The motion is based on a number of what I think are false conceptions. The first is that travel on main roads in a particular county is, to a considerable degree, non-county in character. The  assumption is made that people in Galway, for example, are not using the main roads for their own private purposes, that they are not using them to move from one town to another. Another assumption made is that no one in County Galway leaves County Galway, goes to some other county and makes use of another county's roads. A third factor of great importance is that the assumption is made that local interests have no national significance. Is it suggested, for example, that we should stop cutting turf in Kerry because the rate payers in Kerry find it difficult to bear the cost of repairing the roads? Is it suggested that reasonable, or even very modest, profits are not being made in cutting turf in Kerry from which can be deducted the necessary sums in the form of a local contribution, heavily supplemented by a State contribution, for the repair of the roads carrying that turf? Is it suggested that we should have considered seriously the location of the sugar factories because of the heavy expenditure of money on repairing roads used by the lorries carrying beet?
There are a great many factors which we have to consider before we can judge the truth of the issue. The main problem involved is whether we should transfer expenditure from local funds to central funds. I do not want to enter into the discussion which we have had frequently here with regard to the general problem of derating and so forth, but it is essential to say at this point that the transfer of that part of the rate which goes towards road maintenance to the Central Fund does not mean that the farmers will not eventually bear the cost of the roads in the same way. In fact, I might point out with some irony that if we were to do that, we might well start to consider taxing sugar in order to pay for the repair of the roads carrying beet. It may sound fantastic, but if money is to be found from central sources in order to maintain the main roads, where are we to find it? It is by no means a fanciful statement to suggest that we should have complaints from the Farmers' Party that the farmer consumers of sugar were paying a tax in order to repair the roads. We might  equally tax the farmers' tobacco which, God knows, is already expensive enough——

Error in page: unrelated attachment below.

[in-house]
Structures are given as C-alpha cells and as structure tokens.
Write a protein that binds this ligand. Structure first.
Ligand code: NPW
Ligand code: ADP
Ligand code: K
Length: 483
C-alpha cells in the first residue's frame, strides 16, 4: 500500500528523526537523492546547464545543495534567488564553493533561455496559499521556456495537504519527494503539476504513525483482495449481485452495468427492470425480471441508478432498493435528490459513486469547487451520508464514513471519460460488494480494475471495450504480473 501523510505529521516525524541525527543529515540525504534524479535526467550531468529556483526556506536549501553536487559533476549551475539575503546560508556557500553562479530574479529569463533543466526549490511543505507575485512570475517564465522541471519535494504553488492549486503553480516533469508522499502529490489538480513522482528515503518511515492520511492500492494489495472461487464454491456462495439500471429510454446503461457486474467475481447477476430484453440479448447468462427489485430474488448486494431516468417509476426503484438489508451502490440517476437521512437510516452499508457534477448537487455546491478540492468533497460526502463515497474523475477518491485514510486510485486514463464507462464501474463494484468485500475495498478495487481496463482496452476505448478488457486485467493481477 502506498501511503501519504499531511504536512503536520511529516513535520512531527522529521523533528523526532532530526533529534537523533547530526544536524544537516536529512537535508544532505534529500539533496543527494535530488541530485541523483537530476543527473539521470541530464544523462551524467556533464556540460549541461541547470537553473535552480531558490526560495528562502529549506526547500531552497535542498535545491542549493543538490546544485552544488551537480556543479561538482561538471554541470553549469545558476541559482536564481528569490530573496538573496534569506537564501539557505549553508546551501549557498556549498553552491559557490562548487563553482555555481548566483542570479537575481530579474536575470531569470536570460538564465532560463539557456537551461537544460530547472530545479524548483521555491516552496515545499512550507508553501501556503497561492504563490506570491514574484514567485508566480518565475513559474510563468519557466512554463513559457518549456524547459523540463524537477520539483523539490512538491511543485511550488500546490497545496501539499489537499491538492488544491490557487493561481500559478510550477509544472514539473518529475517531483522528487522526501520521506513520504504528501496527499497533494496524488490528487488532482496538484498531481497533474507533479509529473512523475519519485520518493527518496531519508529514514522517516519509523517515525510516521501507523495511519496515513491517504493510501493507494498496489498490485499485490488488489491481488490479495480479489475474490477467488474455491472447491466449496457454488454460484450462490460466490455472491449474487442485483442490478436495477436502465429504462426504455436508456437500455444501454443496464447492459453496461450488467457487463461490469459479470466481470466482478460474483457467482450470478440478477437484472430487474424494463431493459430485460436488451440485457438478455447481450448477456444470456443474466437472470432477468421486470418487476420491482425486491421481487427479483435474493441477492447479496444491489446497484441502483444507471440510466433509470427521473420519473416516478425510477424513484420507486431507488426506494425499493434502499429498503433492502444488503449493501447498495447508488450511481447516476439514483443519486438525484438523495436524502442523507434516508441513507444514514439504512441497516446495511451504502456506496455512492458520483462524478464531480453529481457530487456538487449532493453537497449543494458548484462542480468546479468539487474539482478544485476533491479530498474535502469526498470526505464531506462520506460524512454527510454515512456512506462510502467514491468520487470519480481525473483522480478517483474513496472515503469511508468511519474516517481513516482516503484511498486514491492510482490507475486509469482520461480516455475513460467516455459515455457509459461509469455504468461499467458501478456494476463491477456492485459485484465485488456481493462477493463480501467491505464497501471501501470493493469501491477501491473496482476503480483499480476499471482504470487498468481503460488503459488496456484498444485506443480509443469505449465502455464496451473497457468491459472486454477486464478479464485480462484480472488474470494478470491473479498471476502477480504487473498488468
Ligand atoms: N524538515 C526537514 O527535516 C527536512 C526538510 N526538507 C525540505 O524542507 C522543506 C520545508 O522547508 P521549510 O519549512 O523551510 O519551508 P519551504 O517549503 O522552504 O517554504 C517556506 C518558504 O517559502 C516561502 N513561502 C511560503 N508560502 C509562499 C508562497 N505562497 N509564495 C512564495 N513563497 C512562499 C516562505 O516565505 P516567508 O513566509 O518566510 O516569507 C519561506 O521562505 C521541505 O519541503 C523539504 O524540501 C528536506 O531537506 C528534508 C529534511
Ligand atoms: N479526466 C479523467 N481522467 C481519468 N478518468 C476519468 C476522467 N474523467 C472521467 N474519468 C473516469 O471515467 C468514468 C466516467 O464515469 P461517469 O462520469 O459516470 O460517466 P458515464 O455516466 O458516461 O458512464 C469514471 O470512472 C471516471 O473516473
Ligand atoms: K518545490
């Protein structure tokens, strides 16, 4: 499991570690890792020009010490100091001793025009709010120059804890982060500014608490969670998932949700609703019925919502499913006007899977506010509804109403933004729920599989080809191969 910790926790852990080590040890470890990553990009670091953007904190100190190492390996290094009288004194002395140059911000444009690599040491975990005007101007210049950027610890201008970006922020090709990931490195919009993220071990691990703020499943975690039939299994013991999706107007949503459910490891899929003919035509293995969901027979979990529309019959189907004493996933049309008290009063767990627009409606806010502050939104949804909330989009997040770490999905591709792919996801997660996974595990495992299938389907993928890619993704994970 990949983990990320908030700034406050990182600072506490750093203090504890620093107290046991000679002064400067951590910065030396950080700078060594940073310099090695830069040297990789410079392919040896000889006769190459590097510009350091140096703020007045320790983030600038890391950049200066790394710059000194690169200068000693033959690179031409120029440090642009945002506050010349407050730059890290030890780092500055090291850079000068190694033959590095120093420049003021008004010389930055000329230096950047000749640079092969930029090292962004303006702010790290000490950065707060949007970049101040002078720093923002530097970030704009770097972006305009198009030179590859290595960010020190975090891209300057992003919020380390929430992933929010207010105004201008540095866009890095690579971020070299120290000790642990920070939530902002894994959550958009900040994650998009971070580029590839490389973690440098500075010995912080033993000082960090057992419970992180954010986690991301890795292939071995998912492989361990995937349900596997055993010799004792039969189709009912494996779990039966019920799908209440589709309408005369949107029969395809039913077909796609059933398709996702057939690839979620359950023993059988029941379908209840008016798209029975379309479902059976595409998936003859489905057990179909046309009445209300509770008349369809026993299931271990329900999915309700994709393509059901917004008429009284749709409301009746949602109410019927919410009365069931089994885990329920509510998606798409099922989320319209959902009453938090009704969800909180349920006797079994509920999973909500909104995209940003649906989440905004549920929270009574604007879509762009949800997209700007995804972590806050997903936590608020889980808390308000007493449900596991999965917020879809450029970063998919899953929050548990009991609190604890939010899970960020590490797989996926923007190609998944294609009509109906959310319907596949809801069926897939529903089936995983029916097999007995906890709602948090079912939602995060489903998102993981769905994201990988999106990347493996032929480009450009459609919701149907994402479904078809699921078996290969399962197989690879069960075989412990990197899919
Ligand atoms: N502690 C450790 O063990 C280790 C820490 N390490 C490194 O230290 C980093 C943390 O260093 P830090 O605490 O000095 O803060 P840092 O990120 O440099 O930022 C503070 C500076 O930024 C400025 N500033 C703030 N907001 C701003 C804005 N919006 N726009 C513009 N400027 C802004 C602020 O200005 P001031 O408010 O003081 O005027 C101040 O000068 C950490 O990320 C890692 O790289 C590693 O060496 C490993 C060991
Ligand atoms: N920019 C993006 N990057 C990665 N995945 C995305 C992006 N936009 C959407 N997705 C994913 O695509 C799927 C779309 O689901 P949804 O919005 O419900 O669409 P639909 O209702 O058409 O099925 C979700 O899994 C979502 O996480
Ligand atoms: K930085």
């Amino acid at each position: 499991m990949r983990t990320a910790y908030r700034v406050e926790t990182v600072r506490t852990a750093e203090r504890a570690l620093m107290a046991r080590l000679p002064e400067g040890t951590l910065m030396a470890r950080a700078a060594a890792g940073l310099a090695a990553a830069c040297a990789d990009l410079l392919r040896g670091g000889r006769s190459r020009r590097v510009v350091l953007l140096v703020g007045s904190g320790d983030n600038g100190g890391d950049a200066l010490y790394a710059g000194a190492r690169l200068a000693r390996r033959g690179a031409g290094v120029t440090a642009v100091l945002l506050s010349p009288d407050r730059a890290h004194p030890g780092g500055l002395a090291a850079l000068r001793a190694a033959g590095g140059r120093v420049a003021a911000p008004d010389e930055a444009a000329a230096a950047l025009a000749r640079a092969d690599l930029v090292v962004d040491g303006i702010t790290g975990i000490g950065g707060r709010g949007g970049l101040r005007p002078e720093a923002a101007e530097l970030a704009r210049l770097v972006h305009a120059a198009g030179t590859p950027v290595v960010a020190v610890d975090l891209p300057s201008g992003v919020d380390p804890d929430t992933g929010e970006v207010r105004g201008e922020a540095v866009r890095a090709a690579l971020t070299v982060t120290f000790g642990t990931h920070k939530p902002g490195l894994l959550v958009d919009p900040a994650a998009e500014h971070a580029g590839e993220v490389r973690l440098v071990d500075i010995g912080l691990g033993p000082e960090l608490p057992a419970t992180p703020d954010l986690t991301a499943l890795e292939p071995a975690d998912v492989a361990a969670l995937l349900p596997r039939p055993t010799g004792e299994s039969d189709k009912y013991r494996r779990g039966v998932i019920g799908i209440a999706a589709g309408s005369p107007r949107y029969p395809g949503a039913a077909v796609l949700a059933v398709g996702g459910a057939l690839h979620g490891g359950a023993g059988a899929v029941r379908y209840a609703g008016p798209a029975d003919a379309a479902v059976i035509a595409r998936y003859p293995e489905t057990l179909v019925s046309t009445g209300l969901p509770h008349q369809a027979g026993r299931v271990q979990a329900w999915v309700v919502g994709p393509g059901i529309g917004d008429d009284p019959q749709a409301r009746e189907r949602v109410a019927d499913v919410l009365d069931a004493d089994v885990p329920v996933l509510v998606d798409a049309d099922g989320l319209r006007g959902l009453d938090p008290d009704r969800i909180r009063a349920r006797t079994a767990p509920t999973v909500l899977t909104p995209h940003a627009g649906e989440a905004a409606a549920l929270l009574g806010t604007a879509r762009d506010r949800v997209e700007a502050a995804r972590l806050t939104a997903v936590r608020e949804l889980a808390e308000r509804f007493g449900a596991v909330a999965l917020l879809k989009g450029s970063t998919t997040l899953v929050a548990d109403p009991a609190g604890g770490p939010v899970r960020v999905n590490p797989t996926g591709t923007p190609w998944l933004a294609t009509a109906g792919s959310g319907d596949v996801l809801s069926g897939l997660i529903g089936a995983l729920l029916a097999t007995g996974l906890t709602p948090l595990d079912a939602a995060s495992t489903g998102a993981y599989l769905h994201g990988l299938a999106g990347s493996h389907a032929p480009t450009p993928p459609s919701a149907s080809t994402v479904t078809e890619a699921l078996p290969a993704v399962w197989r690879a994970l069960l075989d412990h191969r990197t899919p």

Mr. Childers: ——in order to repair the roads carrying turf. I understand that farmers have not over-complained so far about the modest or the large sums they have been able to make out of cutting turf. It is a very dangerous principle to assume that the transfer of local taxes means eventually that farmers will escape their responsibilities. They are the principal body of citizens in the country and if we pile additional taxation on to persons who are supposed to be non-farmers in the case of direct taxes, we will find that, in one way or another, a good deal of the taxation will go back to the farmer again.
Leaving aside these general principles, let us consider the resolution in more detail. There are roughly 50,000 miles of roads in this country. Of these, 10,000 miles consist of main roads and the remaining 40,000 miles of roads which are not considered vital arteries of traffic. If we reduced the 10,000 miles to the barest minimum from the standpoint of the ultimate importance to what might be described as the person travelling nationally, we will find that there are at least 1,500 miles of very important arterial roads.